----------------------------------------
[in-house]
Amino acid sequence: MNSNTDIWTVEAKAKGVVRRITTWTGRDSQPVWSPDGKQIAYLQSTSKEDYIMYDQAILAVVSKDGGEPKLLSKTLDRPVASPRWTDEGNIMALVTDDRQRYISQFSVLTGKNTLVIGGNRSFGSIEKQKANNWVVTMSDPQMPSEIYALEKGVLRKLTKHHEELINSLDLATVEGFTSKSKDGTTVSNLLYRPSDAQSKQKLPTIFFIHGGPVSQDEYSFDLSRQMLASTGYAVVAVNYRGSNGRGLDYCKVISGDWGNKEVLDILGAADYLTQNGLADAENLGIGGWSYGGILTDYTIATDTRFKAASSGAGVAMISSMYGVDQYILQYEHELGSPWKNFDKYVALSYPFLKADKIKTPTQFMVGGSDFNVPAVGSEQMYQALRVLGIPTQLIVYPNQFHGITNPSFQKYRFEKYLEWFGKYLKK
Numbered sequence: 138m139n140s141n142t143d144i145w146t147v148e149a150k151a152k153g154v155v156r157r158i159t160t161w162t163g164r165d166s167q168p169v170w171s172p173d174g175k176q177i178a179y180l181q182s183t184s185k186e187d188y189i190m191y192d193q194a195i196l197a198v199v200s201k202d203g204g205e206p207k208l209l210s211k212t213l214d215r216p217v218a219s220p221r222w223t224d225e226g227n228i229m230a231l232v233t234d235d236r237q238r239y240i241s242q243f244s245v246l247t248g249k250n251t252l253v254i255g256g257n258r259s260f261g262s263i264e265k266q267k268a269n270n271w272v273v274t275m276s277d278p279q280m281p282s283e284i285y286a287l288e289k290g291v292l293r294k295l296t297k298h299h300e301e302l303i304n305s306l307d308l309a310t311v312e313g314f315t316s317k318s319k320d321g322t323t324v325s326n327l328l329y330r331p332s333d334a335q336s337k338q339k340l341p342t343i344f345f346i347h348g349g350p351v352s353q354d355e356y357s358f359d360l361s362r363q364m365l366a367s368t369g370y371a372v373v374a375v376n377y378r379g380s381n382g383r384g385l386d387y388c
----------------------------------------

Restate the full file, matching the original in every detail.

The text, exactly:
[in-house]
Amino acid sequence: MNSNTDIWTVEAKAKGVVRRITTWTGRDSQPVWSPDGKQIAYLQSTSKEDYIMYDQAILAVVSKDGGEPKLLSKTLDRPVASPRWTDEGNIMALVTDDRQRYISQFSVLTGKNTLVIGGNRSFGSIEKQKANNWVVTMSDPQMPSEIYALEKGVLRKLTKHHEELINSLDLATVEGFTSKSKDGTTVSNLLYRPSDAQSKQKLPTIFFIHGGPVSQDEYSFDLSRQMLASTGYAVVAVNYRGSNGRGLDYCKVISGDWGNKEVLDILGAADYLTQNGLADAENLGIGGWSYGGILTDYTIATDTRFKAASSGAGVAMISSMYGVDQYILQYEHELGSPWKNFDKYVALSYPFLKADKIKTPTQFMVGGSDFNVPAVGSEQMYQALRVLGIPTQLIVYPNQFHGITNPSFQKYRFEKYLEWFGKYLKK
Numbered sequence: 138m139n140s141n142t143d144i145w146t147v148e149a150k151a152k153g154v155v156r157r158i159t160t161w162t163g164r165d166s167q168p169v170w171s172p173d174g175k176q177i178a179y180l181q182s183t184s185k186e187d188y189i190m191y192d193q194a195i196l197a198v199v200s201k202d203g204g205e206p207k208l209l210s211k212t213l214d215r216p217v218a219s220p221r222w223t224d225e226g227n228i229m230a231l232v233t234d235d236r237q238r239y240i241s242q243f244s245v246l247t248g249k250n251t252l253v254i255g256g257n258r259s260f261g262s263i264e265k266q267k268a269n270n271w272v273v274t275m276s277d278p279q280m281p282s283e284i285y286a287l288e289k290g291v292l293r294k295l296t297k298h299h300e301e302l303i304n305s306l307d308l309a310t311v312e313g314f315t316s317k318s319k320d321g322t323t324v325s326n327l328l329y330r331p332s333d334a335q336s337k338q339k340l341p342t343i344f345f346i347h348g349g350p351v352s353q354d355e356y357s358f359d360l361s362r363q364m365l366a367s368t369g370y371a372v373v374a375v376n377y378r379g380s381n382g383r384g385l386d387y388c